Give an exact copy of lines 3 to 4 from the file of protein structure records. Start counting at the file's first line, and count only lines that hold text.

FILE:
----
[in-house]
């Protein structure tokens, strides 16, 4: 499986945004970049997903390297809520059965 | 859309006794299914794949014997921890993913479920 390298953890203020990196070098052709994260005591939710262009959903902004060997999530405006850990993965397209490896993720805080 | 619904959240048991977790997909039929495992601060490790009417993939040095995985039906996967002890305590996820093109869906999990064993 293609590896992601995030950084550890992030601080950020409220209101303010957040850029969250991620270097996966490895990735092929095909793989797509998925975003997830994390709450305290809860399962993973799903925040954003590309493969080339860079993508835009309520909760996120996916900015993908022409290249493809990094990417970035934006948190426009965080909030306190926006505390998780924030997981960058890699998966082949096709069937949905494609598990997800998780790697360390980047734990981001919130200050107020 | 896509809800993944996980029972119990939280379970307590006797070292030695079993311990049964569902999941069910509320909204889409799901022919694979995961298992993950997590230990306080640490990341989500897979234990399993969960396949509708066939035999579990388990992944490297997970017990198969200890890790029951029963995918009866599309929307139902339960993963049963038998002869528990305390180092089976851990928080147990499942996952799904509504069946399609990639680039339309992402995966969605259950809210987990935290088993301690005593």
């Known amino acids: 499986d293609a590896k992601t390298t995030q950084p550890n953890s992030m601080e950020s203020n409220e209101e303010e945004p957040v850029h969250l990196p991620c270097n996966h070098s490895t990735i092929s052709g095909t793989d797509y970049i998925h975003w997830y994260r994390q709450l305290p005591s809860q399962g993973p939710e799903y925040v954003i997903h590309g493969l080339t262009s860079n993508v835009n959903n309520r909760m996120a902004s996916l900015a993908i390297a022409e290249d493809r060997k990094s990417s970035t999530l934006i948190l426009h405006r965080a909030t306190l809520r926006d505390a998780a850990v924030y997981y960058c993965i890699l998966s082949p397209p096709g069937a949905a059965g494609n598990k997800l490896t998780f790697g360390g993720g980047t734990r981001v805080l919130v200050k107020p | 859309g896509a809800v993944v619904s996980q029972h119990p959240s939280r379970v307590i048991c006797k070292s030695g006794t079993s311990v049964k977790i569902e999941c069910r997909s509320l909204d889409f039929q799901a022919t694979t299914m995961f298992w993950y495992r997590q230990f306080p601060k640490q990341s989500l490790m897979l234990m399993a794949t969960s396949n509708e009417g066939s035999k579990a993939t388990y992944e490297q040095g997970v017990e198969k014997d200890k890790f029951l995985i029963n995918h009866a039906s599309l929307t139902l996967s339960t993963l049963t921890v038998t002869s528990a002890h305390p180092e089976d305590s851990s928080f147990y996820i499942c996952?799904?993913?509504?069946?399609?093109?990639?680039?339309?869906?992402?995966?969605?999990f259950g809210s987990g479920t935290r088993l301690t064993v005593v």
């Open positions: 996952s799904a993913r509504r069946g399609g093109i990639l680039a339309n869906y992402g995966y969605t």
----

């Known amino acids: 499986d293609a590896k992601t390298t995030q950084p550890n953890s992030m601080e950020s203020n409220e209101e303010e945004p957040v850029h969250l990196p991620c270097n996966h070098s490895t990735i092929s052709g095909t793989d797509y970049i998925h975003w997830y994260r994390q709450l305290p005591s809860q399962g993973p939710e799903y925040v954003i997903h590309g493969l080339t262009s860079n993508v835009n959903n309520r909760m996120a902004s996916l900015a993908i390297a022409e290249d493809r060997k990094s990417s970035t999530l934006i948190l426009h405006r965080a909030t306190l809520r926006d505390a998780a850990v924030y997981y960058c993965i890699l998966s082949p397209p096709g069937a949905a059965g494609n598990k997800l490896t998780f790697g360390g993720g980047t734990r981001v805080l919130v200050k107020p | 859309g896509a809800v993944v619904s996980q029972h119990p959240s939280r379970v307590i048991c006797k070292s030695g006794t079993s311990v049964k977790i569902e999941c069910r997909s509320l909204d889409f039929q799901a022919t694979t299914m995961f298992w993950y495992r997590q230990f306080p601060k640490q990341s989500l490790m897979l234990m399993a794949t969960s396949n509708e009417g066939s035999k579990a993939t388990y992944e490297q040095g997970v017990e198969k014997d200890k890790f029951l995985i029963n995918h009866a039906s599309l929307t139902l996967s339960t993963l049963t921890v038998t002869s528990a002890h305390p180092e089976d305590s851990s928080f147990y996820i499942c996952?799904?993913?509504?069946?399609?093109?990639?680039?339309?869906?992402?995966?969605?999990f259950g809210s987990g479920t935290r088993l301690t064993v005593v």
């Open positions: 996952s799904a993913r509504r069946g399609g093109i990639l680039a339309n869906y992402g995966y969605t």